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Shaina Mitchell Mrs.

Anderson English 1010 30 January 2012

The Detriments of Elitism Despite historic proof that concludes otherwise, professionals George S. Bridges and Stanley Fish promote archaic notions of elitism concerning public versus private education in their perspective articles concerning what they believe to be the benefits higher education. Many college students across the nation believe themselves to participating in higher education by attending the university that coincides with their circumstances of wealth and intelligence level. This is not so, according to George S. Bridges, president of Whitman College who clearly states In truth, the price often reflects the value. Higher education defined by George S. Bridges comes solely from private universities able to utilize resources in ways that public universities cannot, therefore making them superior. Learning opportunities are expanding due to advancements in medicine and computer science, and these elements directly coincide with the increases in tuition costs for students in our nation. These factors demand improved and expanded academic programs, more faculty and equipment, new and renovated buildings, well-rounded programs in residential life and increased administrative support, Bridges explains, which directly translates as new and shiny buildings, fancy and supremely overqualified instructors, and random programs that offer you degrees in unheard of subjects. These superfluous yet apparently pertinent tools are only available to those who have the pockets deep enough to fund their academic ventures, either through scholarship or by privilege of birth. Stanley Fish seems to agree with Mr. Bridges elitist attitude by stating, Higher education is no longer conceived as a public good, but a private benefit, and such it should be supported by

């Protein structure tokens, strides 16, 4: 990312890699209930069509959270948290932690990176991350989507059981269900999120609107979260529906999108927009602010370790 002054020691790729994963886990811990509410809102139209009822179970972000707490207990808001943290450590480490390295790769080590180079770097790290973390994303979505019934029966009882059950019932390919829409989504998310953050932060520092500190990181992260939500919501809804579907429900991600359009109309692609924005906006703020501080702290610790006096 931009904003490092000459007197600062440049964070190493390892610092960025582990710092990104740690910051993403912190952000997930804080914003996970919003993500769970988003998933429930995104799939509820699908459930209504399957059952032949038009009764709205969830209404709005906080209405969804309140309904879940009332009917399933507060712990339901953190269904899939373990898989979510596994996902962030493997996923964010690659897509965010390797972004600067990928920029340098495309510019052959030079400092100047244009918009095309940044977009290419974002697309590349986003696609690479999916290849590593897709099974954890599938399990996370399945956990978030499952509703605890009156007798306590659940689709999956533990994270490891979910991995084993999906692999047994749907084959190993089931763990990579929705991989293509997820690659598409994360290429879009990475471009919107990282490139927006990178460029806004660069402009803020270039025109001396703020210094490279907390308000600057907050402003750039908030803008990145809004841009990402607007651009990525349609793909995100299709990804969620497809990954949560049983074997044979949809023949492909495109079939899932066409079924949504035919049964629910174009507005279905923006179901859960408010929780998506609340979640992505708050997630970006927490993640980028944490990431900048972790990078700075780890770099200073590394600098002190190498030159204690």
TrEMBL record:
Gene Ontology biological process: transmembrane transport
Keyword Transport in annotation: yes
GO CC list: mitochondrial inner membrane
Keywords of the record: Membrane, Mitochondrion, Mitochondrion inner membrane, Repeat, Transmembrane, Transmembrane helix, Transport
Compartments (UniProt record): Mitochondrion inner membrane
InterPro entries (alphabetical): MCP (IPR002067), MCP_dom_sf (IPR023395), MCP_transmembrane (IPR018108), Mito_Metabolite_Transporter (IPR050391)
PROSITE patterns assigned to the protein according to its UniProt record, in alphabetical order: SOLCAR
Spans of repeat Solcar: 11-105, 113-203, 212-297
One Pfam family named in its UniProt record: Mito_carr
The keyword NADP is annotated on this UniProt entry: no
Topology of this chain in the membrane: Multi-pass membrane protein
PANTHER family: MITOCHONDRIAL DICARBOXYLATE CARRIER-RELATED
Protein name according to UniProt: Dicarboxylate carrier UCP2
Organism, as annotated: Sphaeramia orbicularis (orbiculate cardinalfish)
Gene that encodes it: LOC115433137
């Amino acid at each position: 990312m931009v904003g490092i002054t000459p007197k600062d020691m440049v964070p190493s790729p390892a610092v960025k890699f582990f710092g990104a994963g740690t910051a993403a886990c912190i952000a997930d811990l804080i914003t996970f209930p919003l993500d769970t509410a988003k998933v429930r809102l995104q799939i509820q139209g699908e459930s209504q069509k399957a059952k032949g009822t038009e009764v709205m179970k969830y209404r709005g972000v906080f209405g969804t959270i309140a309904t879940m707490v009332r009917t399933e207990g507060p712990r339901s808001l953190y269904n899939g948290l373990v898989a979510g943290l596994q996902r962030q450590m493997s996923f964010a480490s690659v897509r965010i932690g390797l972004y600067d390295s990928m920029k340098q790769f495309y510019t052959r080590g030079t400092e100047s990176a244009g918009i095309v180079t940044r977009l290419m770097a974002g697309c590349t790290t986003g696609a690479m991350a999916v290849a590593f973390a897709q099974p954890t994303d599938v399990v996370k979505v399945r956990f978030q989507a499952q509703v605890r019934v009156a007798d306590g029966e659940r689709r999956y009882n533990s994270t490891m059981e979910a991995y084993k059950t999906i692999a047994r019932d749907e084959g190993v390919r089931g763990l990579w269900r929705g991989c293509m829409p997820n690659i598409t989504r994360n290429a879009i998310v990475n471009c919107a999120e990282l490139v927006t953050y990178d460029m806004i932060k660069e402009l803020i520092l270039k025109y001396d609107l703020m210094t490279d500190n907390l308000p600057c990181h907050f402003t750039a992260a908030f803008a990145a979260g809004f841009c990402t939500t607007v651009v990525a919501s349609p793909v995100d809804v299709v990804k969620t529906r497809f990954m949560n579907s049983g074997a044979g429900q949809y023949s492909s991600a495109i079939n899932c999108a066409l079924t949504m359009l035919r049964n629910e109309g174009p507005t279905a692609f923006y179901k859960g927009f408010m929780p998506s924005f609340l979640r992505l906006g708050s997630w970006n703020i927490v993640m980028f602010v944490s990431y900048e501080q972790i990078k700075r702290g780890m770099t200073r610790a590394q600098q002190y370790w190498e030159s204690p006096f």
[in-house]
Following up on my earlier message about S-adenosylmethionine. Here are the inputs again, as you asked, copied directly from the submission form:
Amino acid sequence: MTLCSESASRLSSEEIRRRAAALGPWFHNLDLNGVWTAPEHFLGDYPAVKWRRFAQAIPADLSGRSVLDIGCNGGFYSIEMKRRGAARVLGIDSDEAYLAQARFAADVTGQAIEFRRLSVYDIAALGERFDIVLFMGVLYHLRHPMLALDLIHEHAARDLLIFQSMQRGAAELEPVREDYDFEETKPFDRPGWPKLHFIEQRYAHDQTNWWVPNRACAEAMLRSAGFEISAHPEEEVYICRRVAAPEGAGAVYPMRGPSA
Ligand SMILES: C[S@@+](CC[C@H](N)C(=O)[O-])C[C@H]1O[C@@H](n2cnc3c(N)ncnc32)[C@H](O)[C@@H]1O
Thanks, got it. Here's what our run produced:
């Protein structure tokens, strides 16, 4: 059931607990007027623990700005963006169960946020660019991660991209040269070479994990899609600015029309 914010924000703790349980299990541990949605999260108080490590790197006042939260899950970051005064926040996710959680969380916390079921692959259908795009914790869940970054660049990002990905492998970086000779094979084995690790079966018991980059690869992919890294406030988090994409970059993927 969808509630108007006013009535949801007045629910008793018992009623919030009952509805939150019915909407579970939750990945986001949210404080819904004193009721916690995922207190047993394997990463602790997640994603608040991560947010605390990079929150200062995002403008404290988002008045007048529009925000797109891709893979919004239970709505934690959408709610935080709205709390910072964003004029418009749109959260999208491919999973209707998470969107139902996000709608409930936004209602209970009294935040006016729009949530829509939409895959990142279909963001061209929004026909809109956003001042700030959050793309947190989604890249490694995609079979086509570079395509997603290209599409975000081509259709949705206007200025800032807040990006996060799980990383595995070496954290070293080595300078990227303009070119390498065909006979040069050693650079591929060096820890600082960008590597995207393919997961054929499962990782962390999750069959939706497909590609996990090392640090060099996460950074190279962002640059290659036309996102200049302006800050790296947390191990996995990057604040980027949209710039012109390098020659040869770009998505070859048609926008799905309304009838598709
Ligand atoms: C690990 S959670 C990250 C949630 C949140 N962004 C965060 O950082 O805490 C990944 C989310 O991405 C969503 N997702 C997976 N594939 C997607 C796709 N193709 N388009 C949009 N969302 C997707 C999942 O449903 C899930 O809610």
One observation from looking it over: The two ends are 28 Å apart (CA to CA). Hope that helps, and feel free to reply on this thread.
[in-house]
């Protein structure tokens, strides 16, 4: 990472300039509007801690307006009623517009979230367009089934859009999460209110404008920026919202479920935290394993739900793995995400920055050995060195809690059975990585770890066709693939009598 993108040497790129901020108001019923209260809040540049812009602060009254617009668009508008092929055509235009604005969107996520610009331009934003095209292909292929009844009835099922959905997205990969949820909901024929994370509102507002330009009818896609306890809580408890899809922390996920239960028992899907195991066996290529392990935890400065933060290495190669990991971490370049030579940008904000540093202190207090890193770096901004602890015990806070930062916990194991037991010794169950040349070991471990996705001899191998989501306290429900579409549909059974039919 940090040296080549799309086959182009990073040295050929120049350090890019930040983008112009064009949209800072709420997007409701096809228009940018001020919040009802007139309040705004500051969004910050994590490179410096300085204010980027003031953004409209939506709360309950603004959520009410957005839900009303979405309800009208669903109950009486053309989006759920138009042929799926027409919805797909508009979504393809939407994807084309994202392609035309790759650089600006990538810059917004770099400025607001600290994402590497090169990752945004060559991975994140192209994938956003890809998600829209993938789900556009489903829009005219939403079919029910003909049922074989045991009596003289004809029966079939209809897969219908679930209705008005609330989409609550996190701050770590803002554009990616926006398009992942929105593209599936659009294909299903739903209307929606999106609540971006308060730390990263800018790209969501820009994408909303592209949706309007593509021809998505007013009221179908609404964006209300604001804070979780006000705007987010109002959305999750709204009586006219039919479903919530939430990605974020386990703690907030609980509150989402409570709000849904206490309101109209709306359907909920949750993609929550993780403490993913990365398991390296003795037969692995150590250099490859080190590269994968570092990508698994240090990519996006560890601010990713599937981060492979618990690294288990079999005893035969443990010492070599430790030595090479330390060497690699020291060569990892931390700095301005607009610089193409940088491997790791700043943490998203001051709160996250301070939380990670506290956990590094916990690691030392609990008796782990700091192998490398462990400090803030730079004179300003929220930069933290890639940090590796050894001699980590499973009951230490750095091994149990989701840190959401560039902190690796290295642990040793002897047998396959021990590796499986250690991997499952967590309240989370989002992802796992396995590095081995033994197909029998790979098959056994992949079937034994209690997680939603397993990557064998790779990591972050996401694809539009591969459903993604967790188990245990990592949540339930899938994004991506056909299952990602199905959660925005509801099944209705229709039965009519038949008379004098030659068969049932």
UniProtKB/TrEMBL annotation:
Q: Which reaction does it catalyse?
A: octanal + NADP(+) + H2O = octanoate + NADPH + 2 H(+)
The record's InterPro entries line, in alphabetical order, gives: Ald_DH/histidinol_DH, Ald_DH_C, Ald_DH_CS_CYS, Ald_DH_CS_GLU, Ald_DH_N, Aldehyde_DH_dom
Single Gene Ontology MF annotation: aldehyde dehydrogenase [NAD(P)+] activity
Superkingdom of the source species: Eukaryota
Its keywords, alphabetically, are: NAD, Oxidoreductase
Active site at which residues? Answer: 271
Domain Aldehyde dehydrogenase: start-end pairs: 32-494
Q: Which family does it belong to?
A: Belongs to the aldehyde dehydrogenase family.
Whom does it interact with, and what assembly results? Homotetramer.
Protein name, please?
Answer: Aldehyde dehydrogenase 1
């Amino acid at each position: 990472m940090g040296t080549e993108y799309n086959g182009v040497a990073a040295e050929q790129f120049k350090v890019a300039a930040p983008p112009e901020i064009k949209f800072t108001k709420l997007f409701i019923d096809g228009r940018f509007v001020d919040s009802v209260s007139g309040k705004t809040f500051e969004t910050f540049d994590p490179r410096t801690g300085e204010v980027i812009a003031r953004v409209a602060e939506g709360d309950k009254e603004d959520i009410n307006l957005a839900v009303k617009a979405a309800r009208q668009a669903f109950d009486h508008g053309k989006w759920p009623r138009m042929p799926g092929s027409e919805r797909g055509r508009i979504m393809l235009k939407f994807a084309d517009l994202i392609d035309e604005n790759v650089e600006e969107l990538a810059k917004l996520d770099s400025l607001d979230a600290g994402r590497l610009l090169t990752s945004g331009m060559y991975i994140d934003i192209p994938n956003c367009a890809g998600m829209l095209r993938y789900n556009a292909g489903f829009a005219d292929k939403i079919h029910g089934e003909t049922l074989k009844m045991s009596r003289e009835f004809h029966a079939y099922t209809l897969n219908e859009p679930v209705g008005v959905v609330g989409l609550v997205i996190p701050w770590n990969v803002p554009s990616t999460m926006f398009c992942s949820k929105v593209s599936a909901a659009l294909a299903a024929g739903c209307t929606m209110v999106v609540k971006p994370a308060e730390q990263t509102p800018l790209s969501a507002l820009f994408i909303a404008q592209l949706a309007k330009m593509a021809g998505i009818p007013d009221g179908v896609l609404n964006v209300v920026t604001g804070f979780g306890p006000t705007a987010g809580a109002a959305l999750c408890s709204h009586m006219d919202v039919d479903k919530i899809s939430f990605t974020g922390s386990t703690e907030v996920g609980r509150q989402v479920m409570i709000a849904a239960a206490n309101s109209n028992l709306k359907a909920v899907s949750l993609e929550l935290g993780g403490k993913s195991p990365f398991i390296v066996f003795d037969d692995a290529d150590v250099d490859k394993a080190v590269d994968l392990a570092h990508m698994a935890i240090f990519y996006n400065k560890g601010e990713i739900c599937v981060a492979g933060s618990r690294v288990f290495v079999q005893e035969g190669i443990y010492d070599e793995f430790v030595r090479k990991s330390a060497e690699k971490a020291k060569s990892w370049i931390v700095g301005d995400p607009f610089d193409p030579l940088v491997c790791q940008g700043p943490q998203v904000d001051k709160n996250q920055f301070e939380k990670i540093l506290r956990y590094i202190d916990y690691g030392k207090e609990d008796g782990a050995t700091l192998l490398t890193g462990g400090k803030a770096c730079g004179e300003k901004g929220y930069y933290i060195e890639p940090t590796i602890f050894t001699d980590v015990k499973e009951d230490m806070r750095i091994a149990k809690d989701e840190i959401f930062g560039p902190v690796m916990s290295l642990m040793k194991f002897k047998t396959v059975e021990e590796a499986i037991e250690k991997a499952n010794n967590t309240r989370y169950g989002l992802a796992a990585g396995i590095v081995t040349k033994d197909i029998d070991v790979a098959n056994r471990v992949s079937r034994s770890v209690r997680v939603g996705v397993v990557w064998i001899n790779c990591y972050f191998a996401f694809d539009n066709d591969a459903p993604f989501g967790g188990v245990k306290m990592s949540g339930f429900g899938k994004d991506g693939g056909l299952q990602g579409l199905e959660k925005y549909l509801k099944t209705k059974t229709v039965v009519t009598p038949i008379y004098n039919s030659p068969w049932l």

Shaina Mitchell Mrs. Anderson English 1010 30 January 2012 those who enjoy the benefit. Fishs discriminatory and selective attitude concerning education is saddening and disheartening, especially following the story told by Fish concerning the British political philosopher who only achieved his education through sponsorship by his government. Fish, clearly impressed with the story failed to absorb the moral of the philosophers story, and focus his regards on the fact that the philosopher awarded the opportunity to attend a private university. It was not the university that made the philosopher who he was at that moment in Fishs eyes, but the opportunity presented to him by the government. It simply would not have mattered where the philosopher had studied in his youth, only that he was presented the opportunity to gain higher education- and not the brand of education Fish and Bridges promotethrough the furthering of intellectual pursuits and proof of achievement displayed tangibly by a college degree. An education is an education, no matter through which eyes that education is viewed, as a person can simply choose to become educated or not. Is a fish no longer a fish because it chooses to swim in a less pretentious lake? Or is it still a fish by classification through the experts who deem it a fish? Bridges attempts to promote his idea of higher education by stating the millions of dollars in scholarship aid his school gives to students who cannot afford the institution at which they are taught. Sadly, the average $12,000 per wouldnt even cover the entire costs of a lesser public college, never mind the expenses of Whitman College. If the prices of tuition coincide with the value of your education, one is simply paying for the brand of said education. Whitman is the premier liberal arts college that combines excellence with an unpretentious Northwest